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Spinal implant helps paralyzed man walk again [Video]




  • A paralyzed man got a spinal implant to help him walk again after a motorcycle accident.
  • Michel Roccati is the first person who suffered a severe spinal injury to walk even though he still cannot feel his legs.
  • The implant sends signals to the parts of the spine that control movement.

A man who was paralyzed in a motorcycle accident in 2017 has regained the ability to walk after doctors implanted electrodes in his spine to reactivate his muscles.

Michel Roccati lost all feeling and movement in his legs after the crash that severed his spinal cord. Now, with electrical stimulation, he can stand and walk .

The research team said the electrical implant had helped Roccati and two other patients to stand and walk. The technology raises hopes that small, implantable devices can help paralyzed people regain more independence.

Rocatti uses the device as part of his routine training and rehabilitation to help strengthen his muscles and keep fit.

The system was developed by Prof Grégoire Courtine, a neuroscientist at the Swiss Federal Institute of Technology in Lausanne, and Prof Jocelyne Bloch, a neurosurgeon at Lausanne university hospital. The system uses a soft, flexible electrode that is laid on top of the spinal cord nerves, underneath the vertebrae.

The electrode delivers electrical pulses to spinal cord nerves that control different muscles in the legs and torso. The pulses, in turn, are controlled by software on a tablet that issues instructions for a certain action, such as standing, walking, cycling, or kicking the legs for swimming.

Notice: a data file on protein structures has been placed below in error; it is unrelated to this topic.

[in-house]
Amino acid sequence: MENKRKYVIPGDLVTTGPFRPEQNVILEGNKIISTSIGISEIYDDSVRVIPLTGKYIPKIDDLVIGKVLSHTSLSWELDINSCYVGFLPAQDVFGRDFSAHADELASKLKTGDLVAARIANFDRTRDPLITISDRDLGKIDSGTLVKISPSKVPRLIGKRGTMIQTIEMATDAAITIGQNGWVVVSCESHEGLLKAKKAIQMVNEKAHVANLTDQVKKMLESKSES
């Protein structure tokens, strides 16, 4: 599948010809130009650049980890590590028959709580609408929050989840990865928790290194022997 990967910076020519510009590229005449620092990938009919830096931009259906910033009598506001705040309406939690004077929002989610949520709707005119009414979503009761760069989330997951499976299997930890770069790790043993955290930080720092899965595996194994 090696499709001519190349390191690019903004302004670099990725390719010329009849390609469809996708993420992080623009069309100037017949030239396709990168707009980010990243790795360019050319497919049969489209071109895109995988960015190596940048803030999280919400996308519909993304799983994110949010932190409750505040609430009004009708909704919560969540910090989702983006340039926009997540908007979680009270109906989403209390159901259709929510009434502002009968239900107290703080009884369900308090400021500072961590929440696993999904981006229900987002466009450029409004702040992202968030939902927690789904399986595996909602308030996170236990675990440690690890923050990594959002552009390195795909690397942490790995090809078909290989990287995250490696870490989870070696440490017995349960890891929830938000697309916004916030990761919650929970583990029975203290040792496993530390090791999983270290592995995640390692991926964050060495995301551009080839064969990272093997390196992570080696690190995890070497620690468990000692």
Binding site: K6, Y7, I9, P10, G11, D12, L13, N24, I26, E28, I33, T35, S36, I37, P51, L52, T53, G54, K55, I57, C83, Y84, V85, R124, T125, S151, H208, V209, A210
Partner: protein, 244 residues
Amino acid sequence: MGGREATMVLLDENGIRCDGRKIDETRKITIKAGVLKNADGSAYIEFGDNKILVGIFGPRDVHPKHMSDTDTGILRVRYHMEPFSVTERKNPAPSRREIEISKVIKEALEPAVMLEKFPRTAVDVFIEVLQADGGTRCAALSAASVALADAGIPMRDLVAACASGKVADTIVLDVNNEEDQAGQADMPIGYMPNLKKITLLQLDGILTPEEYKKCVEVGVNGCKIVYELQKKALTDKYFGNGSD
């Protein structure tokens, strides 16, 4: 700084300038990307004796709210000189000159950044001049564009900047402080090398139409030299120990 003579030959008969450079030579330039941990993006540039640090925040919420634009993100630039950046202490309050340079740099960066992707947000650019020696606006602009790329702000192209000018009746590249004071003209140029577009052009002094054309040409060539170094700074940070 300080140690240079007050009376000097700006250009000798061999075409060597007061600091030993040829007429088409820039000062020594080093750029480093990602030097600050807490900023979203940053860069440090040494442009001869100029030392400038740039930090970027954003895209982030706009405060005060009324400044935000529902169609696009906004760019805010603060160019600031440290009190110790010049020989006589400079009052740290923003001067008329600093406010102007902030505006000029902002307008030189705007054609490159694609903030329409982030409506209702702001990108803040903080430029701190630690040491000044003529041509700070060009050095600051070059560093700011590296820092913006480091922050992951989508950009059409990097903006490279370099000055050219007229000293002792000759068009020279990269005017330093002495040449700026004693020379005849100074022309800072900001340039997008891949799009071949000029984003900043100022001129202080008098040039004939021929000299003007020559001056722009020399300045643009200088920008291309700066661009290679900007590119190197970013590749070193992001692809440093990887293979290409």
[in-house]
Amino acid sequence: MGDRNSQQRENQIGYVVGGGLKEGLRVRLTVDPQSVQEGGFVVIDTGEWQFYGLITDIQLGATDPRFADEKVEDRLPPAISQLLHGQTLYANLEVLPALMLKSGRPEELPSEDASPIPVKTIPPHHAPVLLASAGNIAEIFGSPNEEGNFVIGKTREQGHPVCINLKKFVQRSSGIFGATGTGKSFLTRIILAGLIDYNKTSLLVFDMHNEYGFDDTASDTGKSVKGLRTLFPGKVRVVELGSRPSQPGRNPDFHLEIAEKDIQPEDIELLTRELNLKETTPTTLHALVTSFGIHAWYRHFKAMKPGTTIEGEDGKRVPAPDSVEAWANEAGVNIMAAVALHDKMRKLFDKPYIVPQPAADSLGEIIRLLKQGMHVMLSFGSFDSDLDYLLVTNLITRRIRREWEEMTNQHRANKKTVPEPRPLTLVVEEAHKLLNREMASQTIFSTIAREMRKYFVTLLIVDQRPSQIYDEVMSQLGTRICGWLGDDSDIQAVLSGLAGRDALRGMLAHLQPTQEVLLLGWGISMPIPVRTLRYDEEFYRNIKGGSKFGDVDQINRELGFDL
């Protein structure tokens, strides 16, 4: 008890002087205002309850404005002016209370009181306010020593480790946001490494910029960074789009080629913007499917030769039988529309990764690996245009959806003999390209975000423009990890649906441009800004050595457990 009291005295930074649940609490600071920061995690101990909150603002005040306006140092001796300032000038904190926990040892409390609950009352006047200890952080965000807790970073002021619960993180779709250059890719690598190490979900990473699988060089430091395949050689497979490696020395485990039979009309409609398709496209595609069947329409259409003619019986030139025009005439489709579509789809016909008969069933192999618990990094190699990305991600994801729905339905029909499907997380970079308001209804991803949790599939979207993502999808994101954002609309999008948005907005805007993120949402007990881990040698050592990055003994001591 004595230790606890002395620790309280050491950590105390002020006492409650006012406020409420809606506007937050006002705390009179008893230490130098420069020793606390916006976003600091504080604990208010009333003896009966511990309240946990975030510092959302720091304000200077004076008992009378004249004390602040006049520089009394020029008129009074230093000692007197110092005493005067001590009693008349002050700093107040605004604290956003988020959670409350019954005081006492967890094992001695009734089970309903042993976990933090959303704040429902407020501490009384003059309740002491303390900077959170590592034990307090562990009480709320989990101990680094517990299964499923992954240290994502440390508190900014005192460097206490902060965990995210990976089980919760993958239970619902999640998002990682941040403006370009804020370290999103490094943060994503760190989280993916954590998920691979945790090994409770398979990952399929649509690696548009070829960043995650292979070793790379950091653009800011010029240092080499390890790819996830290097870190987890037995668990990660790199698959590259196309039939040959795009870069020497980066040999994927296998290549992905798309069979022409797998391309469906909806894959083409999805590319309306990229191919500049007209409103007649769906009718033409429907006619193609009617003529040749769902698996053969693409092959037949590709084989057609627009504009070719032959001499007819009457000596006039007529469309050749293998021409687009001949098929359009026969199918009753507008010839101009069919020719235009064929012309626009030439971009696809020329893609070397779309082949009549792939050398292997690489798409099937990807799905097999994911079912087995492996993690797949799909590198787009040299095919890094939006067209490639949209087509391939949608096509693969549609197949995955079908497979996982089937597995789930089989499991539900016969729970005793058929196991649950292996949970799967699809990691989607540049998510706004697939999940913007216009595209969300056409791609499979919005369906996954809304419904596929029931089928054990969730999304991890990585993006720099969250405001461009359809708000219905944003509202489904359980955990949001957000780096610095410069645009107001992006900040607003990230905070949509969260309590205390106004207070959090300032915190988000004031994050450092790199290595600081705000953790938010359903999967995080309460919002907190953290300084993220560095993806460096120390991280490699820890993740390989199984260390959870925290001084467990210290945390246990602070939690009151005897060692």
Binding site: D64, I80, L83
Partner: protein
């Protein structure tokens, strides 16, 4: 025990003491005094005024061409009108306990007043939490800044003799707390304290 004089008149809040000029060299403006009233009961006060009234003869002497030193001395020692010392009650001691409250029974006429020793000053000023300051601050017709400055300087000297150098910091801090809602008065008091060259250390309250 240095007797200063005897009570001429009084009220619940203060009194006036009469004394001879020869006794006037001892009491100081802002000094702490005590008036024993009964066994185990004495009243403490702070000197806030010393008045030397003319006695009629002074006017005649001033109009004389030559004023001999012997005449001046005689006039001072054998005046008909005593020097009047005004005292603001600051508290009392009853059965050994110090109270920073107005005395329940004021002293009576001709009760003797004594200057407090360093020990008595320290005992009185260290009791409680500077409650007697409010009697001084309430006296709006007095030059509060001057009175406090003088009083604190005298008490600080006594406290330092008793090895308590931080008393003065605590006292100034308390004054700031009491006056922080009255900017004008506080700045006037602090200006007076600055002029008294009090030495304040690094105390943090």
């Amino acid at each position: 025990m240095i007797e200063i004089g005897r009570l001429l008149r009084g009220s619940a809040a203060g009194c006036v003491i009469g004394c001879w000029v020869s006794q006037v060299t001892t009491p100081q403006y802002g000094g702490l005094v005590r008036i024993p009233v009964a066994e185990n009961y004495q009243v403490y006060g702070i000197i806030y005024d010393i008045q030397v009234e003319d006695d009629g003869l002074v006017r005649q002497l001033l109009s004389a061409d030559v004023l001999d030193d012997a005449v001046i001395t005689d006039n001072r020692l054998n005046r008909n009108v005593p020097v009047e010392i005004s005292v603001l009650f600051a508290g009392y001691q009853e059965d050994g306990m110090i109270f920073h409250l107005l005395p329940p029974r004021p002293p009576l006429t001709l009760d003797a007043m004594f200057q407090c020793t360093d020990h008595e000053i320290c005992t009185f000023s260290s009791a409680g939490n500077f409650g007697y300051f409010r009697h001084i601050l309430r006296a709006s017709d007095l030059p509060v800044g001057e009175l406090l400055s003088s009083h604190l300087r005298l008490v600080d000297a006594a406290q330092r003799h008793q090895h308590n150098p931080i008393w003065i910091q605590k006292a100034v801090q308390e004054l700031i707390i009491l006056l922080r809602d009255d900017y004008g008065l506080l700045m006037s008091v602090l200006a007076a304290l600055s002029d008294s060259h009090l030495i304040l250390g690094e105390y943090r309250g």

The device helped all three patients to stand within hours of the operation, but their performance improved with three to four months of practice and training.

“Thanks to this technology, we’ve been able to target individuals with the most serious spinal cord injuries,” Courtine said. “By controlling these implants, we can activate the spinal cord like the brain would do naturally to have the patient stand, walk, swim or ride a bike.”

The patients are following a training program that has let them rebuild lost muscle and move around more independently, even allowing them to stand and drink in a bar. To perform a particular movement, the person selects the appropriate option from their tablet.

The tablet then contacts a pacemaker-like device in their abdomen that sends signals to the implanted electrode. This stimulates the different sets of muscles for the right time and duration to push up into a standing position, or swing the legs to walk, for example. Details of the system are reported in Nature Medicine.


Source: The Guardian

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